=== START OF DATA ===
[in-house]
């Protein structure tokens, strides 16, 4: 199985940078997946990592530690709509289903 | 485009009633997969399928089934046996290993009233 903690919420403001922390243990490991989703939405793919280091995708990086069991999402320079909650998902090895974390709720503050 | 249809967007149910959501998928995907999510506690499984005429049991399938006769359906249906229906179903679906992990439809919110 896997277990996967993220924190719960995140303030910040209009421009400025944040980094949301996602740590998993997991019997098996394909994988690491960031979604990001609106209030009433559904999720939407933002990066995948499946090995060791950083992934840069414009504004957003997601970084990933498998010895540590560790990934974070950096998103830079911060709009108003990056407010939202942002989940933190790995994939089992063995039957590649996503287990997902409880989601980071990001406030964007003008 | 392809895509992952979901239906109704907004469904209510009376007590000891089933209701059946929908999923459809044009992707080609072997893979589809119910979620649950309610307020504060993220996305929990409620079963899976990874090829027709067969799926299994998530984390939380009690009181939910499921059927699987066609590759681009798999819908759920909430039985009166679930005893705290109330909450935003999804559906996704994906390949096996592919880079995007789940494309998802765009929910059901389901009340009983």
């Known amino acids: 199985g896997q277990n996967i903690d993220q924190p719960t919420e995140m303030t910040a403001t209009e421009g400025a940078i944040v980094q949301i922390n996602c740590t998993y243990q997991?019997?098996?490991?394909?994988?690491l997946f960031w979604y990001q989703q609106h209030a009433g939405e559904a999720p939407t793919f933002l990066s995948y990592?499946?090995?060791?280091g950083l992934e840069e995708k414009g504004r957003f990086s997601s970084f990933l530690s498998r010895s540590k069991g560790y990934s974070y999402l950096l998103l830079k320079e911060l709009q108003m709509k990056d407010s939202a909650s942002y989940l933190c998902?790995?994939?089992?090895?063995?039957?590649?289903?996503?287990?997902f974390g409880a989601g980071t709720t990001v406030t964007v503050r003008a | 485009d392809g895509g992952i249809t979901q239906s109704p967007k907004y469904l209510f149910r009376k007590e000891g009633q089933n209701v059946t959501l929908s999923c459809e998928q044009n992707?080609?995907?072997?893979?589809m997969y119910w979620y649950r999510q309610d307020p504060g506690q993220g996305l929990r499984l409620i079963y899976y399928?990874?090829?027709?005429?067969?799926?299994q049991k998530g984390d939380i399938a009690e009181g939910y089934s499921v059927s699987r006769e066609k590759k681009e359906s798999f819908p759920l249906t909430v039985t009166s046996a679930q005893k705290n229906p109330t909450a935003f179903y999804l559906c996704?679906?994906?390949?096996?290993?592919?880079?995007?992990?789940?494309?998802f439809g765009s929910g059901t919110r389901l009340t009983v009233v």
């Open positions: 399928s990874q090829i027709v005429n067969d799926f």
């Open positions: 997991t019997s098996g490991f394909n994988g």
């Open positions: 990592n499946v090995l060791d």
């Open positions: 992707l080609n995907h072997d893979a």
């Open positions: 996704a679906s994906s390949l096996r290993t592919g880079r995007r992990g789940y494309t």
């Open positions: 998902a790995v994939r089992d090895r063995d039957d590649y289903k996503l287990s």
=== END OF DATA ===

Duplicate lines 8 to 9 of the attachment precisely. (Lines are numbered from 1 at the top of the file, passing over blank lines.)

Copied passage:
């Open positions: 996704a679906s994906s390949l096996r290993t592919g880079r995007r992990g789940y494309t």
């Open positions: 998902a790995v994939r089992d090895r063995d039957d590649y289903k996503l287990s």